The shift in tone is uneasy and sour, and the conclusion is too unsatisfying. Then the movie doesn’t end. It just stops, which is even more unstatisfying.
And there just isn’t enough in the rest of the film to make up for that mistake. The design is very good but animation looks a bit two-dimensional. We’ve seen computer wizards can make fur and water look even more real than reality before, so the technological marvels are all taken for granted.
The performances are nothing special, either. As is usual in animated films, the stand-up comics do better than actors in providing voices as vivid and colorful as their cartoon avatars. Rock, along with Cedric the Entertainer and Sasha Baron Cohen (Ali G) as lemurs outshine Stiller, Smith, and Schwimmer. But the show is stolen by the penguins, who are by far the funniest and most engaging and exciting characters on screen. If the movie had been about them, it could have been terrific.
Parents should know that a major element of the plot concerns whether Alex will eat his friends, which may be disturbing to some children. In addition to this and other references to predators, there is cartoon-style violence, including a kick in the crotch and guns that shoot tranquilizer darts. The inconclusive ending may also be unsettling. The characters use some crude schoolyard language and there is some potty humor. Parents may also want to reassure young children that telling your wishes is not “bad luck.”
Families who see this movie should find Madagascar on a map and learn more about the animals, including lemurs and foosa. They may want to visit the Central Park Zoo and the famous San Diego Zoo, described admiringly by the characters in the film. Families should talk about why Alex liked the zoo but Marty wanted something different. What does it mean to say that “everyone has a day when they think the grass is greener someplace else?” What should Alex and the others have done when they found out Marty left the zoo? Why did Marty and Alex find it hard to forgive one another? What did they learn from their time in the jungle? How did Alex learn to do something that was contrary to his nature as a lion?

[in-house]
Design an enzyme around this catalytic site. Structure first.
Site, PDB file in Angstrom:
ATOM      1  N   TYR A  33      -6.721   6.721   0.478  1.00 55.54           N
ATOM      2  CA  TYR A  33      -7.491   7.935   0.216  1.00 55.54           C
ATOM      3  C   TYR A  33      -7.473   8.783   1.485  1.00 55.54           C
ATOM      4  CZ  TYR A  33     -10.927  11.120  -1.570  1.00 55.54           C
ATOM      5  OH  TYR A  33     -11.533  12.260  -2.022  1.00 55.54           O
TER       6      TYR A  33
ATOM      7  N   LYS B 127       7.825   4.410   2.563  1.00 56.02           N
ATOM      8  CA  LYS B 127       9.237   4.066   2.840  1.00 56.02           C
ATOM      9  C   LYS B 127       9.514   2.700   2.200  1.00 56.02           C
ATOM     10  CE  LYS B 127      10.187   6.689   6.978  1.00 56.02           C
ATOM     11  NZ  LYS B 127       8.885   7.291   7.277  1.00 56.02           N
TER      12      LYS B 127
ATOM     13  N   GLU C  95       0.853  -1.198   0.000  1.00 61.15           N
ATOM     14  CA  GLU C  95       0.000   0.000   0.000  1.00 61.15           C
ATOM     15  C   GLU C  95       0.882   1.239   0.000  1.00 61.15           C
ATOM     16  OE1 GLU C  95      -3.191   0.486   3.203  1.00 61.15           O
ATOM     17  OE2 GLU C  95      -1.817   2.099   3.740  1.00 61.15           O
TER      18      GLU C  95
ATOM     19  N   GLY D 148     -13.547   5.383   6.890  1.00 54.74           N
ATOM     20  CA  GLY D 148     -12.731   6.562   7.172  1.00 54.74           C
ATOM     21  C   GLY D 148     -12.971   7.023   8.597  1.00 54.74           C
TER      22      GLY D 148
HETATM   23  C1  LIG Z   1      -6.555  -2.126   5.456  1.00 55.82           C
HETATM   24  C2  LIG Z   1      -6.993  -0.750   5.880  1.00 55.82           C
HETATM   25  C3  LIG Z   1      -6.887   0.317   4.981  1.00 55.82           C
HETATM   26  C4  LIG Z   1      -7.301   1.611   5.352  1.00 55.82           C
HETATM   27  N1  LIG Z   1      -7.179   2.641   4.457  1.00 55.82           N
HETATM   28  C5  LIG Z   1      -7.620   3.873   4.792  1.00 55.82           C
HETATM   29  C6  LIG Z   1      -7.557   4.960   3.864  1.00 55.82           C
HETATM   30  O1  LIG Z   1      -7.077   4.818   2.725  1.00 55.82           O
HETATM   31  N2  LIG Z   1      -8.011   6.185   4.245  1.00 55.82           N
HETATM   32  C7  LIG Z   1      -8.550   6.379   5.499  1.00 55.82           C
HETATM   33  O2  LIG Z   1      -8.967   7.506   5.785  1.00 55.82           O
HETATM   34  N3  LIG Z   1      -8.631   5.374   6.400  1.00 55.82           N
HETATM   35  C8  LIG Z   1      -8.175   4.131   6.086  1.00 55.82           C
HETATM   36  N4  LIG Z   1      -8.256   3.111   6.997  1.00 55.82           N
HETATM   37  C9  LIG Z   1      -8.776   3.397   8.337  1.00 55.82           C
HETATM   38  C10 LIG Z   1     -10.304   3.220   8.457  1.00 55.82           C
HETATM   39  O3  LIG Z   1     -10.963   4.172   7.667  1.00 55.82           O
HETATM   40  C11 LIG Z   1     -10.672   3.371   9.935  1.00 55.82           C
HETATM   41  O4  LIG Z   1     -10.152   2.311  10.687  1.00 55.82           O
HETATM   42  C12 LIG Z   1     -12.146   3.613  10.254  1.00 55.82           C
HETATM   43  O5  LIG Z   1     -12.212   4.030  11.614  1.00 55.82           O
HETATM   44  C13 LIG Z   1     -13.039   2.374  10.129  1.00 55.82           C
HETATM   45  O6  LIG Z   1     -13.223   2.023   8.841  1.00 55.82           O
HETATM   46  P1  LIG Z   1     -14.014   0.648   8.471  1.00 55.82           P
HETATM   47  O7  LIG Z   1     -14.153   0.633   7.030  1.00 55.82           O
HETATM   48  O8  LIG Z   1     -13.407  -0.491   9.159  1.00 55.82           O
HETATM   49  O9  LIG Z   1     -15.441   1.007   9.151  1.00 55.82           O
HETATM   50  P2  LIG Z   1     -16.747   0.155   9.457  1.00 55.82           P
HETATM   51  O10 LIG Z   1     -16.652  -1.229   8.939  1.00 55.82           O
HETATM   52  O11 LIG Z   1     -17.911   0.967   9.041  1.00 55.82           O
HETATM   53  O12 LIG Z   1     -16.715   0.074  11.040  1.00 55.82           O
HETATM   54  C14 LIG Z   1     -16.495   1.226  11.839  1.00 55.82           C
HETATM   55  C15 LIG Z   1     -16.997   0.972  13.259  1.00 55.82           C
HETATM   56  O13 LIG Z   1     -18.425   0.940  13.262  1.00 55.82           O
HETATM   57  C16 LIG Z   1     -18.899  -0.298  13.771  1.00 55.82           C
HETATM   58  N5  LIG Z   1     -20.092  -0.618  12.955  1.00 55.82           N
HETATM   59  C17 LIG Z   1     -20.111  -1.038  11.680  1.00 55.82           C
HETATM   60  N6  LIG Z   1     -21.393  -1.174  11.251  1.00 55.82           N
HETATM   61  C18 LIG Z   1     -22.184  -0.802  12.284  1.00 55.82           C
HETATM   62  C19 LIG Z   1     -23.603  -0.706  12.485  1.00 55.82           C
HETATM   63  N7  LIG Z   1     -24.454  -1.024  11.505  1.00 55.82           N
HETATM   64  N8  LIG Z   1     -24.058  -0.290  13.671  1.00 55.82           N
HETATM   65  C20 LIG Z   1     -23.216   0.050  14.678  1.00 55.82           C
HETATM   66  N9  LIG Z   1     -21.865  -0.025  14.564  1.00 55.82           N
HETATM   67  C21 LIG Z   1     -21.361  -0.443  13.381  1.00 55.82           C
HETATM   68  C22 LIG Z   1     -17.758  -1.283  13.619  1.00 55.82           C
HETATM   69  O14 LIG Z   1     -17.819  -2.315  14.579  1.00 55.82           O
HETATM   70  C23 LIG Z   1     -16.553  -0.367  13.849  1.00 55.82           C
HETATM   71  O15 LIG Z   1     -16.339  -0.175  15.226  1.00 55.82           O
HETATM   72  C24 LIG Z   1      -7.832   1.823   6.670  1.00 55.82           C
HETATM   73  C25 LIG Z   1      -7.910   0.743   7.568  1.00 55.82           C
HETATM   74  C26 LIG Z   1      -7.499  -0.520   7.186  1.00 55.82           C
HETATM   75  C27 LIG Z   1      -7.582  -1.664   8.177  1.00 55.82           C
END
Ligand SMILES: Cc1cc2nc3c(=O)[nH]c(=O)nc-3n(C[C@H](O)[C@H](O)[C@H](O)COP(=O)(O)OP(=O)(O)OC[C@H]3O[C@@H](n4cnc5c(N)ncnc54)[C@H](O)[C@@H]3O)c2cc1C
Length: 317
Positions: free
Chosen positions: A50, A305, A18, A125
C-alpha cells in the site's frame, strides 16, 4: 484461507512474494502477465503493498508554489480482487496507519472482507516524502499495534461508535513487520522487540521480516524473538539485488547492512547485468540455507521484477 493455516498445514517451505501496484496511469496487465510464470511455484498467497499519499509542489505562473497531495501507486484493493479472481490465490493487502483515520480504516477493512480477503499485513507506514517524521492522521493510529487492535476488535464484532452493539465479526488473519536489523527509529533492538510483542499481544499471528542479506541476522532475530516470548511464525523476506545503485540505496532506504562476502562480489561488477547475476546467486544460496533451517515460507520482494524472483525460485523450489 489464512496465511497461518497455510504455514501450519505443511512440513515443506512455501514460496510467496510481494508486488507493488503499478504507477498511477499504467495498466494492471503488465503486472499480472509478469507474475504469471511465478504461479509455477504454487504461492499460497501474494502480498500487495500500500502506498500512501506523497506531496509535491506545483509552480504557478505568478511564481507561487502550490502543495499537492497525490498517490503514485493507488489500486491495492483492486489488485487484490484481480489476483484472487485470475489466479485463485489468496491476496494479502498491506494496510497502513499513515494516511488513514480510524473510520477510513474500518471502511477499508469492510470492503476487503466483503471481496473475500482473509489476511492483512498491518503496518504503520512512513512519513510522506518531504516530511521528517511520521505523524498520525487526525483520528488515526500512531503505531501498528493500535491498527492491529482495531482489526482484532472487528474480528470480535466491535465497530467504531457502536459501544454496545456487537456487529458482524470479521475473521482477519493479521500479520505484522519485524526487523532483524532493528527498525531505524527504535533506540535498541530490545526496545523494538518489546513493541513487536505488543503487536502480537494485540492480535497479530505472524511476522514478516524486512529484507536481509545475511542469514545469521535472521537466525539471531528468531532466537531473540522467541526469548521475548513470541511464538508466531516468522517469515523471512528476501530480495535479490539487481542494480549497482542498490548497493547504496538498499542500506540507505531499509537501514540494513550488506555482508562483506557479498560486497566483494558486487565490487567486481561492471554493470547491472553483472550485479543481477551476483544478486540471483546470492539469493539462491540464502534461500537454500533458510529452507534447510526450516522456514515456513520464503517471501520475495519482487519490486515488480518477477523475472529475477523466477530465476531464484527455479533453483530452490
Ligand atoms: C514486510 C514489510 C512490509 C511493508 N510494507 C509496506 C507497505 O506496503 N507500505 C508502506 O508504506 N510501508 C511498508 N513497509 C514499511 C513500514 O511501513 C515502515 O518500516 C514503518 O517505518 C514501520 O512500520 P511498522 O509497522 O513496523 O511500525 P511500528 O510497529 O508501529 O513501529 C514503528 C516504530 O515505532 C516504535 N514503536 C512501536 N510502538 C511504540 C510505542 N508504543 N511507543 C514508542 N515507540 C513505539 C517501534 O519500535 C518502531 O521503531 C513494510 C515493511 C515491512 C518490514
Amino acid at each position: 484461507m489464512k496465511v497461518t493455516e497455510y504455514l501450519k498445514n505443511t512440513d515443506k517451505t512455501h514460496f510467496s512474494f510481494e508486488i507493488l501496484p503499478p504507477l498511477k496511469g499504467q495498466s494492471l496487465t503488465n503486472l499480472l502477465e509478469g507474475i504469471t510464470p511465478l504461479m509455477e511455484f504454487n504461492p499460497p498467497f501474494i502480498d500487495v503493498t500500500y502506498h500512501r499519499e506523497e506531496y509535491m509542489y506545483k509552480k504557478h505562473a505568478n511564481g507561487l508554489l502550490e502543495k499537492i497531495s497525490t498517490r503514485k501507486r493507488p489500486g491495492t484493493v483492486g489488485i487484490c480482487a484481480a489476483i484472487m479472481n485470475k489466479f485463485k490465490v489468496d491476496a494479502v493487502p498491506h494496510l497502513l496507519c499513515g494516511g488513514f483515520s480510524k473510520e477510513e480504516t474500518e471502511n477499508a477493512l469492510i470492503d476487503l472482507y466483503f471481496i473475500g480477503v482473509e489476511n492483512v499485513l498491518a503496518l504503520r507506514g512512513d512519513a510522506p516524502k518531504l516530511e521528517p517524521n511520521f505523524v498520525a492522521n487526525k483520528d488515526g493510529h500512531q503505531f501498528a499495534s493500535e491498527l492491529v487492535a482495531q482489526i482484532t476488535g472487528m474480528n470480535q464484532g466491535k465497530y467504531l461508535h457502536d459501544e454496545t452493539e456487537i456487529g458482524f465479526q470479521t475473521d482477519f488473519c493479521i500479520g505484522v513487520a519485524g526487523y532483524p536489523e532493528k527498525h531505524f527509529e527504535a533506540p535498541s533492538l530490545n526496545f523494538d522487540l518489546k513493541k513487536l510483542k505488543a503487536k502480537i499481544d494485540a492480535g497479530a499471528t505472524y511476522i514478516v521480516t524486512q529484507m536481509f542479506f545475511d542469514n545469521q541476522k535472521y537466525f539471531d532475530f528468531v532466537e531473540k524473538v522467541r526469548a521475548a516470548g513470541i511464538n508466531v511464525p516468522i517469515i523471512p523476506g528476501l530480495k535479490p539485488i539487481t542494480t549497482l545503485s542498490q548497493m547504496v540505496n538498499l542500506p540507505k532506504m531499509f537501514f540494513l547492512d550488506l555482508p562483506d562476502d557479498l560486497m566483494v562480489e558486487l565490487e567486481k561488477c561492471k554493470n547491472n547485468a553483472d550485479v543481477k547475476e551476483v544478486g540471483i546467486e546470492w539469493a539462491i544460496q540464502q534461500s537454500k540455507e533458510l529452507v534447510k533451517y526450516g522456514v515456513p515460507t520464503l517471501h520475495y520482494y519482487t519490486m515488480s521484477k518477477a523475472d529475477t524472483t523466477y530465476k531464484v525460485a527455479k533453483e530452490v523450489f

Families who enjoy this movie will also enjoy Racing Stripes, about a zebra who wants to race horses, and Disney’s animated The Jungle Book and the live action The Jungle Book made 25 years earlier. They will also appreciate Disney’s Swiss Family Robinson and the classic Born Free (whose theme song can be heard at the beginning of this film), based on the real-life story of a tame lion who had to be taught to live in the wild. The film is a bit dated now in its portrayal of colonialism, but it is still a moving story. Families with older children should read Last Chance to See, the hilarious and touching book by Douglas Adams (of the “Hitchhiker’s Guide” series) about his real-life travels to see endangered species, including a Madagascar lemur called the Aye-Aye.